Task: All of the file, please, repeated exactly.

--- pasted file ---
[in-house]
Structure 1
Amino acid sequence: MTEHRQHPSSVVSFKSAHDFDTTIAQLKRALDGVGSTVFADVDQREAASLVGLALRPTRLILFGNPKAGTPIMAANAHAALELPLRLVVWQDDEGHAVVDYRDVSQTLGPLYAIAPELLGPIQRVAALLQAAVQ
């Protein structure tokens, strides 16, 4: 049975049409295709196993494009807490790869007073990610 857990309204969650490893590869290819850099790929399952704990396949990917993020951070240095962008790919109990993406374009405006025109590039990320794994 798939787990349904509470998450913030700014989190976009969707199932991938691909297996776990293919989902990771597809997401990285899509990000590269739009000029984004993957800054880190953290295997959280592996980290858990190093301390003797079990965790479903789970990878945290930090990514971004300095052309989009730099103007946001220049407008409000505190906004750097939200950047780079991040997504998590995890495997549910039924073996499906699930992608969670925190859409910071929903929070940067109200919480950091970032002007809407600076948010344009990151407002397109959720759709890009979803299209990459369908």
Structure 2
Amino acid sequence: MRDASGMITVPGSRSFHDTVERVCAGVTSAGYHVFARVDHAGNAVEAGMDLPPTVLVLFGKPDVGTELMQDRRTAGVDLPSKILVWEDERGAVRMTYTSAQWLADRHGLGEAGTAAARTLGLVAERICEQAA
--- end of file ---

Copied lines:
[in-house]
Structure 1
Amino acid sequence: MTEHRQHPSSVVSFKSAHDFDTTIAQLKRALDGVGSTVFADVDQREAASLVGLALRPTRLILFGNPKAGTPIMAANAHAALELPLRLVVWQDDEGHAVVDYRDVSQTLGPLYAIAPELLGPIQRVAALLQAAVQ
């Protein structure tokens, strides 16, 4: 049975049409295709196993494009807490790869007073990610 857990309204969650490893590869290819850099790929399952704990396949990917993020951070240095962008790919109990993406374009405006025109590039990320794994 798939787990349904509470998450913030700014989190976009969707199932991938691909297996776990293919989902990771597809997401990285899509990000590269739009000029984004993957800054880190953290295997959280592996980290858990190093301390003797079990965790479903789970990878945290930090990514971004300095052309989009730099103007946001220049407008409000505190906004750097939200950047780079991040997504998590995890495997549910039924073996499906699930992608969670925190859409910071929903929070940067109200919480950091970032002007809407600076948010344009990151407002397109959720759709890009979803299209990459369908």
Structure 2
Amino acid sequence: MRDASGMITVPGSRSFHDTVERVCAGVTSAGYHVFARVDHAGNAVEAGMDLPPTVLVLFGKPDVGTELMQDRRTAGVDLPSKILVWEDERGAVRMTYTSAQWLADRHGLGEAGTAAARTLGLVAERICEQAA